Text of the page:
Telemedicine visits are an increasingly popular method of care for mild infectious complaints, including uncomplicated urinary tract infections (UTIs), and they are an important target for antimicrobial stewardship programs (ASPs) to evaluate quality of prescribing. In this study, we compared antimicrobial prescribing in a primary care network for uncomplicated UTIs treated through virtual visits and at in-office visits.
Retrospective cohort study comparing guideline-concordant antibiotic prescribing for uncomplicated UTI between virtual visits and office visits.
Primary care network composed of 44 outpatient sites and a single virtual visit platform.
Adult female patients diagnosed with a UTI between January 1 and December 31, 2018.
Virtual visit prescribing was compared to office visit prescribing, including agent, duration, and patient outcomes. The health system ASP provides annual education to all outpatient providers regarding local antibiogram trends and prescribing guidelines. Guideline-concordant therapy was assessed based on the network’s ASP guidelines.
In total, 350 patients were included, with 175 per group. Patients treated for a UTI through a virtual visit were more likely to receive a first-line antibiotic agent (74.9% vs 59.4%; P = .002) and guideline-concordant duration (100% vs 53.1%; P < .001). Patients treated through virtual visits were also less likely to have a urinalysis (0% vs 97.1%; P < .001) or urine culture (0% vs 73.1%; P < .001) ordered and were less likely to revisit within 7 days (5.1% vs 18.9%; P < .001).
UTI care through a virtual visit was associated with more appropriate antimicrobial prescribing compared to office visits and decreased utilization of diagnostic and follow-up resources.
Adolescent diet, physical activity and nutritional status are generally known to be sub-optimal. This is an introduction to a special issue of papers devoted to exploring factors affecting diet and physical activity in adolescents, including food insecure and vulnerable groups.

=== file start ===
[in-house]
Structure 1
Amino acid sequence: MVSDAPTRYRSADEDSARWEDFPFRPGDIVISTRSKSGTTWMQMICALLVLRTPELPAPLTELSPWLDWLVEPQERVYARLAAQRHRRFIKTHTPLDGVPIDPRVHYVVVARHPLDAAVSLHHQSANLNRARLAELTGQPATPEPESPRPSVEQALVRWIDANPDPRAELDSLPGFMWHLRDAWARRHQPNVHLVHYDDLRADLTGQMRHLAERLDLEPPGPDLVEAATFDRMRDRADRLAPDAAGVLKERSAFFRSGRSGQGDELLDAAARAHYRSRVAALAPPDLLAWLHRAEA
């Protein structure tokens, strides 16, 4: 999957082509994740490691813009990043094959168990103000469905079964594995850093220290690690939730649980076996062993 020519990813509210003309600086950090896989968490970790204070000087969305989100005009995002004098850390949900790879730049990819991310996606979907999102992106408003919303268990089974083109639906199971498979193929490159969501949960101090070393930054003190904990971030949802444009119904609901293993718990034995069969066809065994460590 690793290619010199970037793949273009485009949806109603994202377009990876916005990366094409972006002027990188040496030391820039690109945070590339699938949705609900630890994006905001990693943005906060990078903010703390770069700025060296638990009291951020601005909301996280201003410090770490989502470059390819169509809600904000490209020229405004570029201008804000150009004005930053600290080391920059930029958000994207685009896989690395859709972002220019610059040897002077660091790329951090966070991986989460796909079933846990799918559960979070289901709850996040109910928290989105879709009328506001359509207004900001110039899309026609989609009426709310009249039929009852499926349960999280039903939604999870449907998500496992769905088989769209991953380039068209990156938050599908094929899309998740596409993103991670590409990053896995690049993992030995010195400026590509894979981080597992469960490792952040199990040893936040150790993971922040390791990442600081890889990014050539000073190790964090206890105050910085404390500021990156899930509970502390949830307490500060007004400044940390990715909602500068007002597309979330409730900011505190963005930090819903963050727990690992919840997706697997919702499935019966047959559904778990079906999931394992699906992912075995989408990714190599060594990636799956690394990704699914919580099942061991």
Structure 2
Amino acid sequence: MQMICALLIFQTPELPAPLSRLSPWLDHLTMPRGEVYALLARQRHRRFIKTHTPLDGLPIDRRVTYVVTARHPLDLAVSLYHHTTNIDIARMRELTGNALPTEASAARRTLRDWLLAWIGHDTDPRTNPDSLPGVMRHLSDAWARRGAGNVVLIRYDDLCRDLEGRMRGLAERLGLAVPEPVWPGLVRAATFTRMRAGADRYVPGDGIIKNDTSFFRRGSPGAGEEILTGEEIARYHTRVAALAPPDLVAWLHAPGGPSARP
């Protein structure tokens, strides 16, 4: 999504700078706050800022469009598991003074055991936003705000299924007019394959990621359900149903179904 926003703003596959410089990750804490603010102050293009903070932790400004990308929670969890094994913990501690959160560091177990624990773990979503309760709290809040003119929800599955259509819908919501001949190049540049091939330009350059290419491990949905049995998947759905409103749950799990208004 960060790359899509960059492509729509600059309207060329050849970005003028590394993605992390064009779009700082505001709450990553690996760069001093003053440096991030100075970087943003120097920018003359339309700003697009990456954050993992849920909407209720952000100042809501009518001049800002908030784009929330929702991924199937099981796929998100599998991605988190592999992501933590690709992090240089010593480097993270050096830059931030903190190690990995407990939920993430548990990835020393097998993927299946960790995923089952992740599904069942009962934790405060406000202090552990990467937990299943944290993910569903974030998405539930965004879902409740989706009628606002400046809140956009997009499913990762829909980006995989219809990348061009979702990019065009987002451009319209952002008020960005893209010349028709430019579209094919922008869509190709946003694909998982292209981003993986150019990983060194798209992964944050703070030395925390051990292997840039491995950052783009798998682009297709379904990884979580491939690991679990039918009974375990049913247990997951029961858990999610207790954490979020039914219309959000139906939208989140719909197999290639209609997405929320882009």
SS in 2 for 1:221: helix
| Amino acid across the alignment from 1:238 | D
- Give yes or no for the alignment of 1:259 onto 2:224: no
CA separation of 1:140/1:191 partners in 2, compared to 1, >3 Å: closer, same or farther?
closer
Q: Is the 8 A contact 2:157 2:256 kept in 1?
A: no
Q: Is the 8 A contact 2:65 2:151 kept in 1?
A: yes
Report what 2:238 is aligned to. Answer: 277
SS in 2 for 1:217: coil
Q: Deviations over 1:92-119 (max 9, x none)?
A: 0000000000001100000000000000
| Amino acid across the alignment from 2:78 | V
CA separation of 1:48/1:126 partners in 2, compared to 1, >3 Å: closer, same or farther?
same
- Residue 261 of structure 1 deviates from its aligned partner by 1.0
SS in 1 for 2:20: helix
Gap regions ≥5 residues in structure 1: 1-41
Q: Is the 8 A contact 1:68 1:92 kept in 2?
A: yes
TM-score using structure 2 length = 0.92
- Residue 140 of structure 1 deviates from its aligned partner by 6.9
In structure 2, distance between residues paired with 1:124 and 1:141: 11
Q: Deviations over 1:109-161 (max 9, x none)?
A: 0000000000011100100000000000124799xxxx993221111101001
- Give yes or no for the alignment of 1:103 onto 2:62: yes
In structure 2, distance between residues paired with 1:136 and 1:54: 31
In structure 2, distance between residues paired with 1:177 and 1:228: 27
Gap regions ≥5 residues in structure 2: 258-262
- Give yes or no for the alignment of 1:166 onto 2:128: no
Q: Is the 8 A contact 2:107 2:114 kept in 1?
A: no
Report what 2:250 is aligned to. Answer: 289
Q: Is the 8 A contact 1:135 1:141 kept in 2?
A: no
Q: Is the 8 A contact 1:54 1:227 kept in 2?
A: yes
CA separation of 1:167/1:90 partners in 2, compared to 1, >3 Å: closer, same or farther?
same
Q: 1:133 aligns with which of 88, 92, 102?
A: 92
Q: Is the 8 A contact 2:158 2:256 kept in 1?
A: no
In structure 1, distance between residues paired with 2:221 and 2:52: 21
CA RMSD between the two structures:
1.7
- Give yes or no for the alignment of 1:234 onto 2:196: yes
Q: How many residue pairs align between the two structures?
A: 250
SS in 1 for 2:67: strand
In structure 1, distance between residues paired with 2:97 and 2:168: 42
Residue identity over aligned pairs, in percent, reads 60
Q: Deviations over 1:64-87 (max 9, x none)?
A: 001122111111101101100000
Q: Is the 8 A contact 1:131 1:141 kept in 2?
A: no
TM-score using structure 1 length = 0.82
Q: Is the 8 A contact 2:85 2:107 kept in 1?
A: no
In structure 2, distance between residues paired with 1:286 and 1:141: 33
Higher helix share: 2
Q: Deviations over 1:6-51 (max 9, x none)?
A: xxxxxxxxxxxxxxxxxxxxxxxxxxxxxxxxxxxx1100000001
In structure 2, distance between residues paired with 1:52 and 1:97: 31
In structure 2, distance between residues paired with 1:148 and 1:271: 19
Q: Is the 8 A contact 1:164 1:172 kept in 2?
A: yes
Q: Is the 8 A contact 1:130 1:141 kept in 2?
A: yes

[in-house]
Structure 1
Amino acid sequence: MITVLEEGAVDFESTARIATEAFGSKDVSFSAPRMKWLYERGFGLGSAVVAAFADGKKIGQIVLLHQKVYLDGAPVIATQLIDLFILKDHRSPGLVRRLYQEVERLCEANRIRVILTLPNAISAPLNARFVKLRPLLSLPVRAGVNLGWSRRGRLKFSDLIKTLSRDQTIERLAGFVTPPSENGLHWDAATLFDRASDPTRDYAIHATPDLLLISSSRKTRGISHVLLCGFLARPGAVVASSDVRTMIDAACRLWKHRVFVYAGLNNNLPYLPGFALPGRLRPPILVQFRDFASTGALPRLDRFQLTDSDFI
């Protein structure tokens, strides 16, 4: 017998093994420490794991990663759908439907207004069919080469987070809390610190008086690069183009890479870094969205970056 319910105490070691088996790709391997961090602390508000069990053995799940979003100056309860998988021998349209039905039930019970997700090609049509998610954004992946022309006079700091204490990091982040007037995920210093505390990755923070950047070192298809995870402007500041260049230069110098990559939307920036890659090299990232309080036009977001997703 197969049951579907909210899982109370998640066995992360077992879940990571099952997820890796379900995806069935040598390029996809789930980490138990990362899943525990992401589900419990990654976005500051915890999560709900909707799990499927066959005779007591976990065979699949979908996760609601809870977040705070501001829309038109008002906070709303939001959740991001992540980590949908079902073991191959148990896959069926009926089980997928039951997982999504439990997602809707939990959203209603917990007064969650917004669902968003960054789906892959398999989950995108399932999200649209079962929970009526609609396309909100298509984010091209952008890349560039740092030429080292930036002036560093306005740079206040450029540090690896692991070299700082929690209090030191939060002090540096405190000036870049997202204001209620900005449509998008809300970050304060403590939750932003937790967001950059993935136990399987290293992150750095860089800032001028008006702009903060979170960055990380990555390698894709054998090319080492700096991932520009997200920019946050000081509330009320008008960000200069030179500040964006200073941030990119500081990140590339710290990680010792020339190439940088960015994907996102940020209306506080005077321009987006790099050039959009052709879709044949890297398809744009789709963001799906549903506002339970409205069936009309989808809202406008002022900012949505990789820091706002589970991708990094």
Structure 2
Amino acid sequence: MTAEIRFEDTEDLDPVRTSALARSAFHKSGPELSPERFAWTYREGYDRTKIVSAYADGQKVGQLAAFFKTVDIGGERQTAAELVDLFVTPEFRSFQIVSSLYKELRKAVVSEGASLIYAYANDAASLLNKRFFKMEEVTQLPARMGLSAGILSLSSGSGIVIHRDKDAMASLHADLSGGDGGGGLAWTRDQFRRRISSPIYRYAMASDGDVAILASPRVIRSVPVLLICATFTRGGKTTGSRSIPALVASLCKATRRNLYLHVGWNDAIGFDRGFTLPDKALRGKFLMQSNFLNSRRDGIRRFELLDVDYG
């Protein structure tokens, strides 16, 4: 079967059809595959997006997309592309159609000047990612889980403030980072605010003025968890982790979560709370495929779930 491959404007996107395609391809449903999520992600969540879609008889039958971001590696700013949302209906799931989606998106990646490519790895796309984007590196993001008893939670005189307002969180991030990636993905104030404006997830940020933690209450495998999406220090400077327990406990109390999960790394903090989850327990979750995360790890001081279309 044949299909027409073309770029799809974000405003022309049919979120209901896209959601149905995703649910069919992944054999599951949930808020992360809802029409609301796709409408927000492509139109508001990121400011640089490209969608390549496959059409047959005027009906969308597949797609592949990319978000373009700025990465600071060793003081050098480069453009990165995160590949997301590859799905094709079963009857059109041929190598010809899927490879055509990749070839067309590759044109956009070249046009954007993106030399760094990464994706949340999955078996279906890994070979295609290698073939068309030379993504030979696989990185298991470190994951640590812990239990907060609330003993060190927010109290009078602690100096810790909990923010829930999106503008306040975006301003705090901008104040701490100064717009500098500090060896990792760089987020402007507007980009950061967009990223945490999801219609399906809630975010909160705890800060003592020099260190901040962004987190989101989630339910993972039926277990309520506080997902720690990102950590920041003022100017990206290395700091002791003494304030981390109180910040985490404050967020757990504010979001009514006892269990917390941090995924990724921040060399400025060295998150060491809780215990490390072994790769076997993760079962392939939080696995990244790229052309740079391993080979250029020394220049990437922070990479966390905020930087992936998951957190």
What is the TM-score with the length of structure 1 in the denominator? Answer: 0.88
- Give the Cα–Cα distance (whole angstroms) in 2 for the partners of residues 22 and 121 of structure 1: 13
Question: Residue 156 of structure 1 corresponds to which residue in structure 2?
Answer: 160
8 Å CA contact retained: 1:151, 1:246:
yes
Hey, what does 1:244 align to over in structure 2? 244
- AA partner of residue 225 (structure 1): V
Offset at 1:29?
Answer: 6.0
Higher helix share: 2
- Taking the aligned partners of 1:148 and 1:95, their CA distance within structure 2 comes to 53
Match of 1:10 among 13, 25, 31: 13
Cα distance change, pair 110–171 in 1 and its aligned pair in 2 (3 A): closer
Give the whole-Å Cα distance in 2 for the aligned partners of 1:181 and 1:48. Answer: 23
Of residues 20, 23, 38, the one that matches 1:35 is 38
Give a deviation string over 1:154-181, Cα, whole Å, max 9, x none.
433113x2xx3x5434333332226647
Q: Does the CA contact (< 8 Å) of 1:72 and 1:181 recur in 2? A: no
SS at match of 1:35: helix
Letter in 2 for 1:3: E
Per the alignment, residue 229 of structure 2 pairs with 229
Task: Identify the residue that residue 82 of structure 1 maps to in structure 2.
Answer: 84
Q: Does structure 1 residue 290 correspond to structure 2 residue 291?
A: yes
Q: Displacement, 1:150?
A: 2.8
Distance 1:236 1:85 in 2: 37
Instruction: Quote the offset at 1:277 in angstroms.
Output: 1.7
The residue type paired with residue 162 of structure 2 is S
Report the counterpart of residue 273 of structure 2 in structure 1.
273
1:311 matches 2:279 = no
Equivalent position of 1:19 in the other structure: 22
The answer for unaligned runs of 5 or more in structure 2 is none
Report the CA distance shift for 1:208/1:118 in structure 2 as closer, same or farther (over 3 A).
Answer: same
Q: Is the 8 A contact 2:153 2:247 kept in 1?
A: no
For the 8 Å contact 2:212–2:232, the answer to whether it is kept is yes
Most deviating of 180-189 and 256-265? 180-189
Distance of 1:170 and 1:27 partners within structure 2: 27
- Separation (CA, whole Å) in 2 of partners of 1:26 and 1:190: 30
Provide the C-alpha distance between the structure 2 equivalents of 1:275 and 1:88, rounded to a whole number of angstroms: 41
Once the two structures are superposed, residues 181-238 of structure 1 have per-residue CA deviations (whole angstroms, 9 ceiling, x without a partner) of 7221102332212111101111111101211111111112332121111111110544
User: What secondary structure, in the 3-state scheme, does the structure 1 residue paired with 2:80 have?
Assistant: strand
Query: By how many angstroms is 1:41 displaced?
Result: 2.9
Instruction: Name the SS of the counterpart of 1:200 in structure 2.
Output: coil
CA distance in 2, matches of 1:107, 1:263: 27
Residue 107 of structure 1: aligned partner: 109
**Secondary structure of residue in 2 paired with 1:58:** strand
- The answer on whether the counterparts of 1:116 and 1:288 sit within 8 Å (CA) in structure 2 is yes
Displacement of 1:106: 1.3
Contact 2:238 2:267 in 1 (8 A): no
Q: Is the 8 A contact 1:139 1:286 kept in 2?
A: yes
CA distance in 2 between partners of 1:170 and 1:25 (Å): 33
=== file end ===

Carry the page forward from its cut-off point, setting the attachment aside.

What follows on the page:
Eight settings including urban, peri-urban and rural across sites from five different low- and middle-income countries.
Focus groups with adolescents and caregivers carried out by trained researchers.
Our results show that adolescents, even in poor settings, know about healthy diet and lifestyles. They want to have energy, feel happy, look good and live longer, but their desire for autonomy, a need to ‘belong’ in their peer group, plus vulnerability to marketing exploiting their aspirations, leads them to make unhealthy choices. They describe significant gender, culture and context-specific barriers. For example, urban adolescents had easy access to energy dense, unhealthy foods bought outside the home, whereas junk foods were only beginning to permeate rural sites. Among adolescents in Indian sites, pressure to excel in exams meant that academic studies were squeezing out physical activity time.
Interventions to improve adolescents’ diets and physical activity levels must therefore address structural and environmental issues and influences in their homes and schools, since it is clear that their food and activity choices are the product of an interacting complex of factors. In the next phase of work, the Transforming Adolescent Lives through Nutrition consortium will employ groups of adolescents, caregivers and local stakeholders in each site to develop interventions to improve adolescent nutritional status.